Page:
What Is Unsupervised Probation?

By Mike Broemmel ; Updated June 15, 2017
Open law book with wooden judges gavel on table in

An individual who has no significant criminal record and who has been convicted of a more minor offense qualifies for unsupervised probation in many instances. Short of diversion or a suspended sentence, unsupervised probation is the least significant punishment that a court can order in a criminal case.

Barring committing a new crime or failing to comply with any conditions of probation, a defendant can make it through a term of unsupervised probation with very little to no contact with the court or the probation office.


Probation in the United States initially was utilized in Boston in 1841. The first statewide probation system was developed in Massachusetts in 1880. Forty years later, over 20 states in the U.S. began using probation systems in regard to criminal defendants.

By 1951 every state in the Union (as well as the federal government) utilized probation in criminal cases. Each state and the federal government rely on different levels when it comes to probation. The least severe and intrusive type of probation is unsupervised probation. Supervised probation is a midlevel form of the sentence, while intensive probation is the most restrictive.


The basic function of unsupervised probation is to ensure that any penalties, educational or counseling requirements ordered by a court in a criminal case are completed. For example, oftentimes a term of supervised probation is accompanied by a requirement for the defendant to do community service, participate in some sort of educational programming or take part in counseling. Additionally, an individual on unsupervised probation is required not to breach the conditions of the probationary term not break the law while on probation.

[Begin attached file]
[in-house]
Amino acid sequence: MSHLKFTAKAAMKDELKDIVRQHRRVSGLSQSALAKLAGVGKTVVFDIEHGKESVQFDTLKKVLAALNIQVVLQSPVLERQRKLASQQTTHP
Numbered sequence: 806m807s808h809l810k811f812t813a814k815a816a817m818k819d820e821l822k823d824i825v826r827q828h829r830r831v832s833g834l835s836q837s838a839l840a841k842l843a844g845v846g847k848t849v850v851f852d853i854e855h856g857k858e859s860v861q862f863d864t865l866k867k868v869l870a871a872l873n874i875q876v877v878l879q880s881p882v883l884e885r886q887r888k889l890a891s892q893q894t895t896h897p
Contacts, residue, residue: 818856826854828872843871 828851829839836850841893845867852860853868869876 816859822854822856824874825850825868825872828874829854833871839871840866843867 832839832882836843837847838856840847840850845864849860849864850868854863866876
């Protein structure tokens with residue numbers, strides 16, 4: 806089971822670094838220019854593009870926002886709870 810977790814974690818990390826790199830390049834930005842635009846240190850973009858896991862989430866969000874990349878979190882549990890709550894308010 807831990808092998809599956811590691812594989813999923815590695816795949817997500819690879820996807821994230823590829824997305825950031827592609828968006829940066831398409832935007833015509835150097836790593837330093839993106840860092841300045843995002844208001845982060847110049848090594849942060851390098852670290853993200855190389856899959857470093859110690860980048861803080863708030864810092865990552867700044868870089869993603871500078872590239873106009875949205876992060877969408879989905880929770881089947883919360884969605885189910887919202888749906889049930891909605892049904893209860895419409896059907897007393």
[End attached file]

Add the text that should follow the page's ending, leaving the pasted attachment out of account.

Although a person on unsupervised probation is not obliged to meet with a probation officer during the term, there is some general oversight by the probation office from time to time to ensure that the basic requirements of the probation order are being met by the defendant.

Time Frame

A term of unsupervised probation normally is not very long in duration. Typically unsupervised probation extends for a period of six months to one year. However, under applicable law, it is possible in some cases and with certain charges for a term of unsupervised probation to extend beyond a one-year period.


If a person on unsupervised probation fails to satisfy the terms and conditions of the probation order or commits a new crime, that individual can face the prospect of having his unsupervised probation revoked. In most instances, a probation office and companion criminal justice system take a graduated approach to revocation. By this it is meant that if the infraction is not too significant, a defendant may end up on supervised probation for the duration of his sentence.

If the offender continues to have problems satisfying the conditions of probation, he will face stiffer sanctions. In the end, it is possible for a person to end up incarcerated if he continues to fail to comply with a probation order.


Although in and of itself, unsupervised probation is not a particularly serious sentence, if a defendant finds herself facing a revocation of unsupervised probation, seeking legal advice and representation is a wise course to take. The reality is that if a probation officer elects to revoke unsupervised probation, the consequences can be serious and there is always at least some risk of incarceration.

About the Author

Mike Broemmel began writing in 1982. He is an author/lecturer with two novels on the market internationally, "The Shadow Cast" and "The Miller Moth." Broemmel served on the staff of the White House Office of Media Relations. He holds a Bachelor of Arts in journalism and political science from Benedictine College and a Juris Doctorate from Washburn University. He also attended Brunel University, London.